"Sometimes I get homesick," Lizzani said. "I miss my dad, he's my best friend and I miss him. I miss my mom and sister, but she's spoiled. I miss my girlfriend and my friends."
Fortunately, Lizzani is able to speak with his parents, Amerigo and Paula, and his sister, Laura, via the Internet and see them using a Webcam daily.
Appleton said the language barrier hasn't been that big of an issue except with Lizzani's parents.
"He got sick and I had to talk to his parents and they can't understand English very well at all," Appleton said. "So if a problem arises, we have to go through the Italian STS and he has to call his parents and translate."
Upon his arrival, Appleton said it was difficult for Lizzani to adapt to Atmore. Eventually he did, until school started in mid-August.
"I think he had a little bit of separation anxiety," she said. "When school finally started and he got away from me, he didn't like that very much. But he's enjoying school now."
Lizzani, who will return to Italy on June 28, 2007 for his senior year of high school in Italy, said his favorite thing about school in America is learning new things.
"The guys at school are very nice," he said. "I love learning stuff like U.S. History and chemistry because it's different."
Lizzani said school in Italy is six days a week, but only lasts for five hours a day with a 10-minute break. Italians also attend high school for five years as opposed to four years in the U.S. He said longer school days have posed somewhat of a challenge.
"In Italy, I studied ancient Greek and Latin," Lizzani said. "I can translate from Greek to Italian, Latin to Italian, Italian to Greek or Latin, English to Italian and Italian to English."
Lizzani said he started to study English when he was seven and Greek and Latin when he was 14.
ECHS principal Kyle Ferguson said Lizzani has been a joy to have as a student and that the students have adapted to him well.
"He's a real neat kid with a good personality that has been well received by the students at ECHS," he said. "He's taken some rigorous classes and so far seems to be doing real well. He really likes it here in Atmore and I think he has plans of sticking around here for a while."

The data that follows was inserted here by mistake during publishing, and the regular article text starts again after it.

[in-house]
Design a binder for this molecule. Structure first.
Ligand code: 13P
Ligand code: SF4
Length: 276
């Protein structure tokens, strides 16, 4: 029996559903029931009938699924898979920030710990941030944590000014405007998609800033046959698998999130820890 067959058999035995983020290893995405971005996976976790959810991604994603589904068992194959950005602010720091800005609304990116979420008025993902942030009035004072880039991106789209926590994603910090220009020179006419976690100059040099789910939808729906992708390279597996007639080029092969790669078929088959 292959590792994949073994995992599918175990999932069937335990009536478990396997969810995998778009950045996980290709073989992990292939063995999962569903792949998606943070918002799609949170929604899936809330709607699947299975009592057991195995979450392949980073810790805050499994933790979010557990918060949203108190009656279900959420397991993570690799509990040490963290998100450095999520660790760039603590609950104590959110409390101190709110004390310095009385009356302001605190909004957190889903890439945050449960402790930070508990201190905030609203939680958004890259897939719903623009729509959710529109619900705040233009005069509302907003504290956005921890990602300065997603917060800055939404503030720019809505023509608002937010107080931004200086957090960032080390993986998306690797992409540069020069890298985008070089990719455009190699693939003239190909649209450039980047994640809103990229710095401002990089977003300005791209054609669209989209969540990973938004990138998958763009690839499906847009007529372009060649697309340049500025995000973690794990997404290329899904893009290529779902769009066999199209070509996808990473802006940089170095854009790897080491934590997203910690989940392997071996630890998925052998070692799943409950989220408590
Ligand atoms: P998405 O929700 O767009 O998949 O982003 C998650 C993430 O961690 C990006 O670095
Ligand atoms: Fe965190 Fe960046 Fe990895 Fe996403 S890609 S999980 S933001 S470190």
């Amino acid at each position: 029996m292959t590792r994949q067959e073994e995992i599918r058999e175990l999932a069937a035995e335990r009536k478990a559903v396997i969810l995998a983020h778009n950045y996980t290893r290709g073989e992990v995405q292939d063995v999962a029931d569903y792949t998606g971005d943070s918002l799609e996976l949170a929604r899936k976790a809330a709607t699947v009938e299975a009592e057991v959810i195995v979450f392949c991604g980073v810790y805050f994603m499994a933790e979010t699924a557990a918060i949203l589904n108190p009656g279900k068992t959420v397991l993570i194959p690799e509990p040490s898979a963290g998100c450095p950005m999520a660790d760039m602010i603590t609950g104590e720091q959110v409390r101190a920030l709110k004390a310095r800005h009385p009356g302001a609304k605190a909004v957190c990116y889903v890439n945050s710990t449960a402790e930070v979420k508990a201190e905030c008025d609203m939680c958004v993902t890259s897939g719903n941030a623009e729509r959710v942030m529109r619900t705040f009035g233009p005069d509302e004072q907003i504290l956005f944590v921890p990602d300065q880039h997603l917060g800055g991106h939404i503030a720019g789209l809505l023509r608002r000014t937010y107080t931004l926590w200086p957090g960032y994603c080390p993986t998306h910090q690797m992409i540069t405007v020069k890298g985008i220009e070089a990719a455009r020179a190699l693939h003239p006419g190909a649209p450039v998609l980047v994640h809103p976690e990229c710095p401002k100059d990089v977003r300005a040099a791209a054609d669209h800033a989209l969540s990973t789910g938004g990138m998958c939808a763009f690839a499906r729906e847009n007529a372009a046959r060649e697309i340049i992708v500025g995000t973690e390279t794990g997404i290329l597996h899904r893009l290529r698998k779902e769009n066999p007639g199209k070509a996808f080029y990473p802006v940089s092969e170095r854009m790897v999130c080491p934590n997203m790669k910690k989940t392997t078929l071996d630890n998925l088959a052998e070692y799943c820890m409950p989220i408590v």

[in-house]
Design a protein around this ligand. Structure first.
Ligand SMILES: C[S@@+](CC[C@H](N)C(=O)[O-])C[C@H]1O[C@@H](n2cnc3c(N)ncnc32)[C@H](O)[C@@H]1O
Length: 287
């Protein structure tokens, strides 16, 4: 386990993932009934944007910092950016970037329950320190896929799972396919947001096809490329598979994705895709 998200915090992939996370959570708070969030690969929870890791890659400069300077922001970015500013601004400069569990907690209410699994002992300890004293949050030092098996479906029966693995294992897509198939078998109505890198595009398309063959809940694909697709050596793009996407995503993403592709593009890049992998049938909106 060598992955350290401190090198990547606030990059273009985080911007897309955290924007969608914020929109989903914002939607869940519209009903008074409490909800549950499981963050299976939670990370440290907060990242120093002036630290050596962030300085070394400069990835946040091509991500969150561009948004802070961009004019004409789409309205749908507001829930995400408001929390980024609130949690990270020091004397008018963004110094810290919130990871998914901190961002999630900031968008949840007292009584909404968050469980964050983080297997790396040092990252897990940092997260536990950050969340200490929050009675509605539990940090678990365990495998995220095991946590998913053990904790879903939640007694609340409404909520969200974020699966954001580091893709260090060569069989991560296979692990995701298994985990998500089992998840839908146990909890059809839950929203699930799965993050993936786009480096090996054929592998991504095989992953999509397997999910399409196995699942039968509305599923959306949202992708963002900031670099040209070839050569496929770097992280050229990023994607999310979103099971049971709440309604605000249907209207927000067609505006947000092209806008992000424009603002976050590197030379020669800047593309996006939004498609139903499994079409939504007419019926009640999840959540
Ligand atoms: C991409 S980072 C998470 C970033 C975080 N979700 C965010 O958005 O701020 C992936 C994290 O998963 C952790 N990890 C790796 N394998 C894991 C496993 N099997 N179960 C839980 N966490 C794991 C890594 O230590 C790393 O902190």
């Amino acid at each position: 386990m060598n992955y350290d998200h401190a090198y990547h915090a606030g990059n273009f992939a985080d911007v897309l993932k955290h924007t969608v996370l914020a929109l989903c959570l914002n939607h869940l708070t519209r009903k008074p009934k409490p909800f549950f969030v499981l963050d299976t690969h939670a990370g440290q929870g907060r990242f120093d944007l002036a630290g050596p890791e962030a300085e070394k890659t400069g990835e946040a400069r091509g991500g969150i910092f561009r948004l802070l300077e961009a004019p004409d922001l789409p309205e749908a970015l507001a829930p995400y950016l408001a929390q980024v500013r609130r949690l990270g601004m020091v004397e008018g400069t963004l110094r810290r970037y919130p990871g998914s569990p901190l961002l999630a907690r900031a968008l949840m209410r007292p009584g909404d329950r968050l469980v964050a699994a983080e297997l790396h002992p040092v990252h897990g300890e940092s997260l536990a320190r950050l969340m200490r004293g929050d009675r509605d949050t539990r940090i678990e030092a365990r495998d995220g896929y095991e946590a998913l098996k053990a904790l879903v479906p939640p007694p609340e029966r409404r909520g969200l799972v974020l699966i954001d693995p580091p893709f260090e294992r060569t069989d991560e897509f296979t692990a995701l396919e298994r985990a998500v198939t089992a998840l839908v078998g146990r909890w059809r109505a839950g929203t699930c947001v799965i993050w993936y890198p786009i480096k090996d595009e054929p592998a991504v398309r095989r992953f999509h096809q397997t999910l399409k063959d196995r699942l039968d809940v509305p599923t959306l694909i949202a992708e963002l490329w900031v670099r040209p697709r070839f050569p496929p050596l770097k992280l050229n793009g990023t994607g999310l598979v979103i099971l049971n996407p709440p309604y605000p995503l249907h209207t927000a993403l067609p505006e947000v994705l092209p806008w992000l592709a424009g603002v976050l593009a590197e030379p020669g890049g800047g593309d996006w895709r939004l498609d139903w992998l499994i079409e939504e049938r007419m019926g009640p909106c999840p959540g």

Appleton said Lizzani is "very, very intelligent" and is taking several honors classes. As for Lizzani, he's looking forward to driver's education and trying out for the basketball team.
Not only can school in America be a learning experience for Lizzani, but also Ferguson said his students can learn from their new classmate.
"They learn something about his home country," Ferguson said. "He's here soaking up our customs and culture. The students have been real eager to help him overcome the language barrier and are ensuring that he has a smooth transition."
For fun, the Appletons have taken Lizzani fishing and they attended the Alabama Crimson Tide's opener against Hawaii two weeks ago.
"He's an Alabama fan," Appleton said. "He likes the colors."
Among some of the new things that have dumbfounded Lizzani is a dryer. In Italy there are washing machines, but clothes are line dried.
As for Atmore, Lizzani said he can't compare it to home, but doesn't believe Rome is any better of a place.
"Rome and Atmore are just different," Lizzani said. "Rome is no better than Atmore and Atmore is no better than Rome, they are just different."
Lizzani said he would like to go back to Italy next summer to complete his final year of high school and then return to attend college in Alabama.